DVA still processing slowly
Despite spending $82 million dollars on contract hires last year, the Department of Veterans Affairs has failed to reduce processing times for claims.
An Abbott-era staffing cap on Australian Public Service (APS) agencies continues to halt direct employment and push departments to take on contractors.
The Veterans' Affairs Department currently has 1,615 APS employees, and 1,246 labour hire employees, meaning contractors make up 42 per cent of its combined workforce.
The department has reportedly spent $82 million on labour hire services with at least 46 different providers.
Finance Minister Simon Birmingham says that the use of contractors allows the department to respond to demand pressures and achieve better service delivery. However, ex-services personnel say their struggles with the department have not eased.
There is currently a backlog of about 25,000 claims under the Military Rehabilitation and Compensation Act (MRCA), which provides support to injured veterans.
The government’s legislated target for processing MRCA claims is 90 days. However, the average processing claims for MRCA initial liability claims is about 178 days, while the average wait for MRCA permanent impairment claims stands at 186 days.
Insiders say the “revolving door” of employees means knowledge and expertise is not being preserved or passed on.
The Community and Public Sector Union (CPSU) says the extensive use of outside employees is partly to blame for long processing times for veterans' claims.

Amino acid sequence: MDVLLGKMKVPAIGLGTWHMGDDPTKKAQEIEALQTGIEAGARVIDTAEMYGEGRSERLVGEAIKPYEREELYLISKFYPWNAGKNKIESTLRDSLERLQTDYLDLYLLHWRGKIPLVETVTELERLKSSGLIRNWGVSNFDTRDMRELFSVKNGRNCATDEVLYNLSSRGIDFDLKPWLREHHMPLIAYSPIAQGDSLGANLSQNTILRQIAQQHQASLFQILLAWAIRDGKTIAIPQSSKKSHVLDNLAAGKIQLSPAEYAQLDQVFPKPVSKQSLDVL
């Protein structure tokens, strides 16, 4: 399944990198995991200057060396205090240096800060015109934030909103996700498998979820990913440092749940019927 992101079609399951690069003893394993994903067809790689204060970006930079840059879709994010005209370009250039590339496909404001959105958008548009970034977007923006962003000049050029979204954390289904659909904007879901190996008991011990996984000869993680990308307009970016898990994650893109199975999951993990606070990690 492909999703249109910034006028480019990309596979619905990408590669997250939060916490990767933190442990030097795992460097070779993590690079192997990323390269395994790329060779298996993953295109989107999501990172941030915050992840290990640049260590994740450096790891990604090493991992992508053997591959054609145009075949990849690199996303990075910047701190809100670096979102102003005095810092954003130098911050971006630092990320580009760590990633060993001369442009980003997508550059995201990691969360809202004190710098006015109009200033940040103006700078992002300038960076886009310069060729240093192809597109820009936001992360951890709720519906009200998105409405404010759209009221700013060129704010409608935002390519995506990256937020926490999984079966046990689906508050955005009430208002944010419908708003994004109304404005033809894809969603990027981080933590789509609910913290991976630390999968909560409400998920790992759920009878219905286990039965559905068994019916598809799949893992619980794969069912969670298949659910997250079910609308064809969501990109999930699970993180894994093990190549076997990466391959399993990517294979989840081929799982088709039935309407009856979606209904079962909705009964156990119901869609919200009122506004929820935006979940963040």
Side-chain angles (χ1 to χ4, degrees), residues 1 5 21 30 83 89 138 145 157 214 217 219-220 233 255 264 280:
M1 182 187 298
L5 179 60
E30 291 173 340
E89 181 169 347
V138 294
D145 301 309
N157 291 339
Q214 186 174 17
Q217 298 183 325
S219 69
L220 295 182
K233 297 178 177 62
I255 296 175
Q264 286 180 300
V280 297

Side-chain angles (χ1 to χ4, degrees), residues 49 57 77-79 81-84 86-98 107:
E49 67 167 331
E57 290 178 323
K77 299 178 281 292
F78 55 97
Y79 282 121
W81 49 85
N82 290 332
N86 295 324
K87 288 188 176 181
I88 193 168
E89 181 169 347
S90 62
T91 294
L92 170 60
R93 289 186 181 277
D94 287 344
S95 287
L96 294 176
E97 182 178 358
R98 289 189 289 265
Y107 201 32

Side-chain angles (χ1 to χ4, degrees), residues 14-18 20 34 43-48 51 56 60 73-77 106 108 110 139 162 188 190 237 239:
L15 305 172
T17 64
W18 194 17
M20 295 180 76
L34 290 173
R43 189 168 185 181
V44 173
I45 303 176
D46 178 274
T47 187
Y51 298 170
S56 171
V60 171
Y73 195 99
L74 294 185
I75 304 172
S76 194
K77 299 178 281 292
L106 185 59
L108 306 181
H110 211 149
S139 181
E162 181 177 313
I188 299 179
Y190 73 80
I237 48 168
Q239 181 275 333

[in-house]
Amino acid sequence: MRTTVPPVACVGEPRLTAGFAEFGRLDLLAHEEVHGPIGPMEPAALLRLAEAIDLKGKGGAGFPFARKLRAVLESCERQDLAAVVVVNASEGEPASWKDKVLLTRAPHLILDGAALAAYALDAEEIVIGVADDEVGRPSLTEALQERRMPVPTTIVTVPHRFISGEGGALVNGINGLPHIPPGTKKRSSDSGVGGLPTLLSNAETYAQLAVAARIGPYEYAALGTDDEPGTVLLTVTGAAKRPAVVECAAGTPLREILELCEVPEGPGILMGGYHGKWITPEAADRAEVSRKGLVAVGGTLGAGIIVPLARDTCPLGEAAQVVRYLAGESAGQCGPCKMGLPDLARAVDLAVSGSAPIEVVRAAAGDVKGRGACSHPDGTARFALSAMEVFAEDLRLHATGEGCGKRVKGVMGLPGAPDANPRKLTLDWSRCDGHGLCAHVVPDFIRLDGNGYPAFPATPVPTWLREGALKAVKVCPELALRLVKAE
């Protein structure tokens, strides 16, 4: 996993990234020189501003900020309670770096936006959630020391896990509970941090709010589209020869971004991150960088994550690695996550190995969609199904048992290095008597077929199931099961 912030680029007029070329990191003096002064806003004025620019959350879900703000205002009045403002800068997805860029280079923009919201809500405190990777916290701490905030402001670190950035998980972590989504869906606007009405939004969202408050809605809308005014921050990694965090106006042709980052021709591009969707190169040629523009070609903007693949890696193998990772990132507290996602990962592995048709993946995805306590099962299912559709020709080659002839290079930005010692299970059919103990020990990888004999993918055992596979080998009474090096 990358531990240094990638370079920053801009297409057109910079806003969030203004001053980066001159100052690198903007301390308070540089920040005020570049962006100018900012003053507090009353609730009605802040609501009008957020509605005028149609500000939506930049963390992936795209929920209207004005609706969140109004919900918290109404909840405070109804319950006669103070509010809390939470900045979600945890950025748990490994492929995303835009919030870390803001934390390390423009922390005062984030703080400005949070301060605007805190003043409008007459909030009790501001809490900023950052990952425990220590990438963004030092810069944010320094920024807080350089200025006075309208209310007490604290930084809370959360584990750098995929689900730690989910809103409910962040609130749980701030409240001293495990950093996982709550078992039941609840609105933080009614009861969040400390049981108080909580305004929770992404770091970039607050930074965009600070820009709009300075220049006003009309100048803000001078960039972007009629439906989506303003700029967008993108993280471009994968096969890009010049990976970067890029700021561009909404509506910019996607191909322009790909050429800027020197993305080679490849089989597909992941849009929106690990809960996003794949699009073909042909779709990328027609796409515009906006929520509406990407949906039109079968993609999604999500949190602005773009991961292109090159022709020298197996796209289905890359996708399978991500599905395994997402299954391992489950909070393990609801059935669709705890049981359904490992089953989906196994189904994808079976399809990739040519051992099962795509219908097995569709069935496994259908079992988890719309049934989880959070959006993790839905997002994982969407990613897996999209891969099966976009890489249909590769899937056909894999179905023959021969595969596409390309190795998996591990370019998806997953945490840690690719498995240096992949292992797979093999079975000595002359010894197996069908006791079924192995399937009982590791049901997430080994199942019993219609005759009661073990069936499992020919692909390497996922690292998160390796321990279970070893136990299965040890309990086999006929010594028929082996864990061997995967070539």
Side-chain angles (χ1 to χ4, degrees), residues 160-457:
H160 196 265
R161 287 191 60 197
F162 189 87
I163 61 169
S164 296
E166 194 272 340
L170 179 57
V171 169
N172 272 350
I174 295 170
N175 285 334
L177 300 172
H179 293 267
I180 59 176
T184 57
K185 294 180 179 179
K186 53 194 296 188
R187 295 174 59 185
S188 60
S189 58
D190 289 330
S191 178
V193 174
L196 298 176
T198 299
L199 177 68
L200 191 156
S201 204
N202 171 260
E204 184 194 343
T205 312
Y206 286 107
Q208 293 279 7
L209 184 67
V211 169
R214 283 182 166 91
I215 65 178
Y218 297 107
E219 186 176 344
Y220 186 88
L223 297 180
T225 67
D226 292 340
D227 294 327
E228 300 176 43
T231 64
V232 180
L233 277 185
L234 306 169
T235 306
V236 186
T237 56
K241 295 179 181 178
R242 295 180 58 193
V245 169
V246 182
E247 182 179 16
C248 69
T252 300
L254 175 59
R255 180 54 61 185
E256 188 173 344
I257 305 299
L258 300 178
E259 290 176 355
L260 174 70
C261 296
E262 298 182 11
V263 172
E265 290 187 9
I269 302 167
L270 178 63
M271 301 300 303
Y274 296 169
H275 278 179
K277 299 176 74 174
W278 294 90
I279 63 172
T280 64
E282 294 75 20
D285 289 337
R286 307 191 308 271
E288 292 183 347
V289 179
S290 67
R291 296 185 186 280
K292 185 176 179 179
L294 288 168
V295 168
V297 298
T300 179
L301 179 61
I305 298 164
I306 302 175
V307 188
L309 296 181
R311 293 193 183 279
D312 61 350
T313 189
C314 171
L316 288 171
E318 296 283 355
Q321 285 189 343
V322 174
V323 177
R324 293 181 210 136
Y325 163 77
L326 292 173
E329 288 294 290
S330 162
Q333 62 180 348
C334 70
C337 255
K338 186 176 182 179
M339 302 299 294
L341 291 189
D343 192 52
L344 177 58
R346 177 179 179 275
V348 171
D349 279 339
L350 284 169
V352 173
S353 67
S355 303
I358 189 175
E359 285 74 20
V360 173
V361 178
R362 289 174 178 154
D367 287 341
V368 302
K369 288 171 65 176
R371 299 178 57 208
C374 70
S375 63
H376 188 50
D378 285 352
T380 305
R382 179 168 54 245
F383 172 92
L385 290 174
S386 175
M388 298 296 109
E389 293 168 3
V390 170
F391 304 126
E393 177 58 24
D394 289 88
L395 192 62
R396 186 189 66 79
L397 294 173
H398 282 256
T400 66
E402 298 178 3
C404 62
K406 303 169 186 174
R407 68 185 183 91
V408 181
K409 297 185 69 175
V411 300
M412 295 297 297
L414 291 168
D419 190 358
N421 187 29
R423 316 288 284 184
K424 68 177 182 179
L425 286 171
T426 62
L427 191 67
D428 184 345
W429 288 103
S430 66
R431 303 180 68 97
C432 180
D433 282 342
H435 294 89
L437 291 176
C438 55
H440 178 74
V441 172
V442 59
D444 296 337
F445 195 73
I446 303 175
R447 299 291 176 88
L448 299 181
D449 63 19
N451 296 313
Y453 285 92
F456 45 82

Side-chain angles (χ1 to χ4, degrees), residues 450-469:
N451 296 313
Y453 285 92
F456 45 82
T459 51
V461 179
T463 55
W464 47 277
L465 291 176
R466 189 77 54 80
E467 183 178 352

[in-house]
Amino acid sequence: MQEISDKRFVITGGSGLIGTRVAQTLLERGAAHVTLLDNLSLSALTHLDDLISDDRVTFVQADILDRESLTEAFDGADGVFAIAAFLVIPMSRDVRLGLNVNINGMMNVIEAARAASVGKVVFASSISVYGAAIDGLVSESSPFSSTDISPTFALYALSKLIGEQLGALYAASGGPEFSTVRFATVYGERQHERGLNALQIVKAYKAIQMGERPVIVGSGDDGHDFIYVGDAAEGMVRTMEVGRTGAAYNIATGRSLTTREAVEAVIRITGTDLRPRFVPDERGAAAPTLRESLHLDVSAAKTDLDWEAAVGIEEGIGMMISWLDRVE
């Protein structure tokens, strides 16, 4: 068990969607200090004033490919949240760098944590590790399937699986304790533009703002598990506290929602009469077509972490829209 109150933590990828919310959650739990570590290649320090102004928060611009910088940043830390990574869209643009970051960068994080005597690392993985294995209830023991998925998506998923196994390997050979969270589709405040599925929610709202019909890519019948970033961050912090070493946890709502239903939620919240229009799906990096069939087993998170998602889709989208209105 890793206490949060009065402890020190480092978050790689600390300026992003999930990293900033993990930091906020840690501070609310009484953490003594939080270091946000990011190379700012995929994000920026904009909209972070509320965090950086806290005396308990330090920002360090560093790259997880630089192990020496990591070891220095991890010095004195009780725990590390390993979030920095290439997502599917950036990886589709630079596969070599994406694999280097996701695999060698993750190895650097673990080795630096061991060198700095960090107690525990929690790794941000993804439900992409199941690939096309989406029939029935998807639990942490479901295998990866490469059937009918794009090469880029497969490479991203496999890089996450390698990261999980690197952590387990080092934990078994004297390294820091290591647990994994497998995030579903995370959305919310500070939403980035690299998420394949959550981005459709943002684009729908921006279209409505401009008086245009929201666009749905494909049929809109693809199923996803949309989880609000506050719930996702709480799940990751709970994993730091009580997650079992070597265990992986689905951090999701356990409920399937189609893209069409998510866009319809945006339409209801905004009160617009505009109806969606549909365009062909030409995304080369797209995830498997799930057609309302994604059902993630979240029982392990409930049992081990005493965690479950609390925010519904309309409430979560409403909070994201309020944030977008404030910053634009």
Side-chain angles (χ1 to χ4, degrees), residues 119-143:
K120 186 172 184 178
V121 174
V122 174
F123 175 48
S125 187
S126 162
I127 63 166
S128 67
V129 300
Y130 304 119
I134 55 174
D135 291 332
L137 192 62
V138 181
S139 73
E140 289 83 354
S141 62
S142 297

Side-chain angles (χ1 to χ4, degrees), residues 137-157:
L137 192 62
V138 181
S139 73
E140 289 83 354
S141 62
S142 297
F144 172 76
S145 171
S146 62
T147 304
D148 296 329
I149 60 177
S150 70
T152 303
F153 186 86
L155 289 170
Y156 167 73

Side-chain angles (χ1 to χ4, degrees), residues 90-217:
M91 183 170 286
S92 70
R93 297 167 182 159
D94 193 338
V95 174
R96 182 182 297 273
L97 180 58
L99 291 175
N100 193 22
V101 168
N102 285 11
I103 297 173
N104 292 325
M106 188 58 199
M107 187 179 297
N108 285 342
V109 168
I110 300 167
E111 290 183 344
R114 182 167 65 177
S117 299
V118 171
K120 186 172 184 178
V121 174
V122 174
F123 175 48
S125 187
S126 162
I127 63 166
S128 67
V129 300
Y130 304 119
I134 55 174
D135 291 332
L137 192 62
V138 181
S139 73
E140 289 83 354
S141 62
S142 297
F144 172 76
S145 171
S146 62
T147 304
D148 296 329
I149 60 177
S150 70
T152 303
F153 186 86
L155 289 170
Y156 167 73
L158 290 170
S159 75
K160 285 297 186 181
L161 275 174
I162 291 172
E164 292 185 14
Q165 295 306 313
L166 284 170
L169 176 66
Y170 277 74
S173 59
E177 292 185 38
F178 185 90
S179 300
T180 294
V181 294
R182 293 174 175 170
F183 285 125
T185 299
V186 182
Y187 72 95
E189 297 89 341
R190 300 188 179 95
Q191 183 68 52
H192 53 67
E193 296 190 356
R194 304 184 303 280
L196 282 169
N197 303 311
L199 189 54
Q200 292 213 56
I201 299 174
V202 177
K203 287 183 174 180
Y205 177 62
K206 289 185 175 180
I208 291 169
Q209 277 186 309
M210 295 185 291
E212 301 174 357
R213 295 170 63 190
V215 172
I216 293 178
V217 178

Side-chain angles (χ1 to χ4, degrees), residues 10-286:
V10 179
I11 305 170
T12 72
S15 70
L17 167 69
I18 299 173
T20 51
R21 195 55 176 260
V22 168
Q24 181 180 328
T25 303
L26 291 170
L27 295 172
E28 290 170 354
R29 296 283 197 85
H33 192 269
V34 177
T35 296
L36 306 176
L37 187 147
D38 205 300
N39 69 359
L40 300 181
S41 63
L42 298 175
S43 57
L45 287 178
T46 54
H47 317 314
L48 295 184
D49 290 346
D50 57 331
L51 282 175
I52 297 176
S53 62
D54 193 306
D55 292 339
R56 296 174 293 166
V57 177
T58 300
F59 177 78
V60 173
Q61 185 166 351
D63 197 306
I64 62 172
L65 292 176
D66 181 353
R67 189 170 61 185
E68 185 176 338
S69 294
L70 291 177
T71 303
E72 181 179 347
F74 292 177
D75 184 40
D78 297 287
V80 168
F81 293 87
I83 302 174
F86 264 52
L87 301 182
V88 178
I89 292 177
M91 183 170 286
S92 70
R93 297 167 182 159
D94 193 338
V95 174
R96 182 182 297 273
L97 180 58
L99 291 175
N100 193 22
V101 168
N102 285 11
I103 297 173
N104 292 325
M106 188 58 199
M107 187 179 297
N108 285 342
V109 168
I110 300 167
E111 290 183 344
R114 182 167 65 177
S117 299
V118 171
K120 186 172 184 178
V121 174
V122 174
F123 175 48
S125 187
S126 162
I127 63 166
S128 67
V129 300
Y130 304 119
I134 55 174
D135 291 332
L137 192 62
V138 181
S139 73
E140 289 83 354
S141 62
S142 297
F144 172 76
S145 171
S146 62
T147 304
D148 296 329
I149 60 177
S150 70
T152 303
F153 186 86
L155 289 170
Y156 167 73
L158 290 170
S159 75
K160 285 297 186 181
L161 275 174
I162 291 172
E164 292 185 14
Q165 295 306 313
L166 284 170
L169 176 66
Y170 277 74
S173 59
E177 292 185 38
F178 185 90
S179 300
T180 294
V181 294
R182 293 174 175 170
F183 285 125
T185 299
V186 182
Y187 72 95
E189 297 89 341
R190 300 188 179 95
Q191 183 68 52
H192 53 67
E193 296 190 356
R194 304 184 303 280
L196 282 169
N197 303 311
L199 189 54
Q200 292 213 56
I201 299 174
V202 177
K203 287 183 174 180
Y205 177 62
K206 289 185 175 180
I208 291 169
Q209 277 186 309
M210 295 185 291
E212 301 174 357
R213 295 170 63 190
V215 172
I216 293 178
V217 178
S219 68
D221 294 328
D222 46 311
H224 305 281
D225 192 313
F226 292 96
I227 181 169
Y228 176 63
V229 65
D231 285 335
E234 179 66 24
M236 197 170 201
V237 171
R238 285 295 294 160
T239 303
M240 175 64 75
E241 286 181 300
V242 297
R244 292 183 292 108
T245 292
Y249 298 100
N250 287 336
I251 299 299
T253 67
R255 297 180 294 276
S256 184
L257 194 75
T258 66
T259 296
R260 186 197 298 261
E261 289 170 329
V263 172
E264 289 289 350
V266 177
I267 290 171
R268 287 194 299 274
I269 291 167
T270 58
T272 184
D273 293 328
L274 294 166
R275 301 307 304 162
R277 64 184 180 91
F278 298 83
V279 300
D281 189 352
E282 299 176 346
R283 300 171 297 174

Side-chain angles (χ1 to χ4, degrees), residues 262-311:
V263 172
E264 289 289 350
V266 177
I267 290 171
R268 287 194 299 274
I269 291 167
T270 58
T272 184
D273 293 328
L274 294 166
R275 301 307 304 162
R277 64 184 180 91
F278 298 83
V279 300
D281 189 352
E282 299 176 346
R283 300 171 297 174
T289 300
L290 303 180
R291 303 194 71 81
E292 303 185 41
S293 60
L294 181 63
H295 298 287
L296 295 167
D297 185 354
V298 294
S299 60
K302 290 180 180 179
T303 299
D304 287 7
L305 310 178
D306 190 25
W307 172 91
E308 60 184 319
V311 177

“This is on the government, not the people doing the work – their hands are tied,” says CPSU deputy president, Brooke Muscat.
Some staff say the department has told them that it plans to increase caseloads for workers, despite some already having to manage more than 250 compensation claims each.
“Putting extra caseloads on already overloaded claims processing staff doesn’t fix this problem,” Ms Muscat said.
“It won’t even make the stats look better because it cannot fix the delays. It won’t change the lives of our veterans who are still waiting for the care and support they have earned.
“Tragically, those delays can have deadly consequences.”
The use of outside labour hire companies has been described as an attempt by the Federal Government to privatise the public service by stealth.
Veterans' Affairs is the most privatised department, followed by the Defence and Attorney-General's Departments, whose workforces consists of 24 and 21 per cent labour hires, respectively.
Since 2013, the Government has paid $3.2 billion to big consulting companies to do work that many believe the APS can and should be doing.